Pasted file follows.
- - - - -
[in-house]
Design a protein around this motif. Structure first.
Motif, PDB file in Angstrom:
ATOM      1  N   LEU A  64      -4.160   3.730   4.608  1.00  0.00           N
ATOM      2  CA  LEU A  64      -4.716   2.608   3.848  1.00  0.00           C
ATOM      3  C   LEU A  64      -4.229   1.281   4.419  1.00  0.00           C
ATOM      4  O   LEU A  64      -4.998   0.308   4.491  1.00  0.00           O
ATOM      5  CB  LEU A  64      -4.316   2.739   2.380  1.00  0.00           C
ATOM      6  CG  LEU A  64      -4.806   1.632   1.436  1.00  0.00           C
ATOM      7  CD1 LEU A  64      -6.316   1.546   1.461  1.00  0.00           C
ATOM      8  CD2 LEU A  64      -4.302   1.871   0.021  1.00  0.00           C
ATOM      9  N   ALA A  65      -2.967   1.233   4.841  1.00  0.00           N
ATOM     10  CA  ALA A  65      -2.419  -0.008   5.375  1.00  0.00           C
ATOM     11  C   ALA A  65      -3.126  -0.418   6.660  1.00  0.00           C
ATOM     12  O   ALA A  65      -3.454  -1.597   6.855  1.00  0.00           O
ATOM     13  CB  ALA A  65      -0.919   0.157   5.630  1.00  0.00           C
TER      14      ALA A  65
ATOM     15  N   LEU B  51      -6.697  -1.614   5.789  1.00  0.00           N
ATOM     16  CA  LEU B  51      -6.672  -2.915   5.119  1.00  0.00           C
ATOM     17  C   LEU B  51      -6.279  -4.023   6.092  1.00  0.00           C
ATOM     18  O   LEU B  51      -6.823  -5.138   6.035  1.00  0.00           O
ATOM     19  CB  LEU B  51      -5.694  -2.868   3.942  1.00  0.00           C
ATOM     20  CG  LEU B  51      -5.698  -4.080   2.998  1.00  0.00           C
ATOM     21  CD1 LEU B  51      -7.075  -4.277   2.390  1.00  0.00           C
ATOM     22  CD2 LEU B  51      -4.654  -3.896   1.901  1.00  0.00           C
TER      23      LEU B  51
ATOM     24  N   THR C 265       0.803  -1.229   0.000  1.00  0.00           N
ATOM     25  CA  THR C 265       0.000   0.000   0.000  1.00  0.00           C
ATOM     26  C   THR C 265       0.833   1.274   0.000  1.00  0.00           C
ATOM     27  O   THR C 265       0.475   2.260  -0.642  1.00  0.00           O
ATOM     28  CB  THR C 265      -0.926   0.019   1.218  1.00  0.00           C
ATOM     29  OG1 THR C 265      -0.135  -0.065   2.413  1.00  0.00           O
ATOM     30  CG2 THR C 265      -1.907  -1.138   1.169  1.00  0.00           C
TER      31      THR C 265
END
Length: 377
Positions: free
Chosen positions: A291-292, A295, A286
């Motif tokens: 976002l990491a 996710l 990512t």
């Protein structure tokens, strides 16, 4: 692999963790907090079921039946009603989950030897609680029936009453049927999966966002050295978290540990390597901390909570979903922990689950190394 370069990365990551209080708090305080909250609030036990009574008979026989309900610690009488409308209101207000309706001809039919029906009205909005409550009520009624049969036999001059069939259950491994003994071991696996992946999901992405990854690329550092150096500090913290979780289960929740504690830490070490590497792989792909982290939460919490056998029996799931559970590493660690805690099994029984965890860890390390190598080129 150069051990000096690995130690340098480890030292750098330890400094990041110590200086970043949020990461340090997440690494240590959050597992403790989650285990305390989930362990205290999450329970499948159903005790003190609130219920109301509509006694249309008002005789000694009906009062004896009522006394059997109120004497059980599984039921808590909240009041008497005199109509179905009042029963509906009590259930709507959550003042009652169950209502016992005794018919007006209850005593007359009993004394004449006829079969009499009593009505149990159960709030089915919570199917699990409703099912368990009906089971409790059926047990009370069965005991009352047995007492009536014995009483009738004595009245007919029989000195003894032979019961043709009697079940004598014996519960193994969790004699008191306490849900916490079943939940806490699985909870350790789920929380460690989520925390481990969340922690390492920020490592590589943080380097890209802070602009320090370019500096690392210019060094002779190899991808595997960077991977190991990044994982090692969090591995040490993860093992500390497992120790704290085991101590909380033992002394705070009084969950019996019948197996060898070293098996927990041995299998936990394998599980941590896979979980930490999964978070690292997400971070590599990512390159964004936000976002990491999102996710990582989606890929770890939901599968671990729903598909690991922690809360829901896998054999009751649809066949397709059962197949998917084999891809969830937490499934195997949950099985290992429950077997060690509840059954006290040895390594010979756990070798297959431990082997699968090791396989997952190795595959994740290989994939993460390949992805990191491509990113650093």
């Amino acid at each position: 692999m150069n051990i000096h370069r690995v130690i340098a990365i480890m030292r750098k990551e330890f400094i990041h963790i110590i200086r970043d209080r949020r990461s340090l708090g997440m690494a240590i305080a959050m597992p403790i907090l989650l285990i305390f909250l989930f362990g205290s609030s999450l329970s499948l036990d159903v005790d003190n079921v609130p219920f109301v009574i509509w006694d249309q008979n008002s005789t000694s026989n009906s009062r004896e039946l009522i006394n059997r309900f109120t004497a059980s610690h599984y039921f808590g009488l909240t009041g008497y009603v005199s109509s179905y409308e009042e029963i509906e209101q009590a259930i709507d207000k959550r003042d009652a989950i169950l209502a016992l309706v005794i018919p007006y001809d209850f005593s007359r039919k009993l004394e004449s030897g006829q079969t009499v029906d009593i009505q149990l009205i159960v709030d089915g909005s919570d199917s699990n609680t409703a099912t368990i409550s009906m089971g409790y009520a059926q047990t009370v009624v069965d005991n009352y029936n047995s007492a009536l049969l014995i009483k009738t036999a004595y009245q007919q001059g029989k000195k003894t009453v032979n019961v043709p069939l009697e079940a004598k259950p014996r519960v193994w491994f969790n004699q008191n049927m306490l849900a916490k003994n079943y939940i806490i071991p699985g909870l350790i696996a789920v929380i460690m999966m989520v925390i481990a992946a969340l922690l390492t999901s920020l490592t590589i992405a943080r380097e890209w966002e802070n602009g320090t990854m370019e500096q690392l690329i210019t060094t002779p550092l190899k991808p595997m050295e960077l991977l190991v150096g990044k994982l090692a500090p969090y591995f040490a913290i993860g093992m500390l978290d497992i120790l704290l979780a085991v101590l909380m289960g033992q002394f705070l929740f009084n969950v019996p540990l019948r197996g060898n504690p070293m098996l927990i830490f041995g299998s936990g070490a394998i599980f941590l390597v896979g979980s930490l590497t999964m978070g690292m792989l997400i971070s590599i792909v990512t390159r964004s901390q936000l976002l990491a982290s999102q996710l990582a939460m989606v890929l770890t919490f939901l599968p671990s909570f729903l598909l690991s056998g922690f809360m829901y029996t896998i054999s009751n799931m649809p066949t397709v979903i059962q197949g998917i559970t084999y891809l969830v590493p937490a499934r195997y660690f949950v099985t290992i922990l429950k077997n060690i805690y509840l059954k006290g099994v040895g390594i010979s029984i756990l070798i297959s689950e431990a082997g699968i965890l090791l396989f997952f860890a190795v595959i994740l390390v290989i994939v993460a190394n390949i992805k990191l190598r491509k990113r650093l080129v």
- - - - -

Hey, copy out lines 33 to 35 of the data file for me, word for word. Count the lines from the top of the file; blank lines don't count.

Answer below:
ATOM     30  CG2 THR C 265      -1.907  -1.138   1.169  1.00  0.00           C
TER      31      THR C 265
END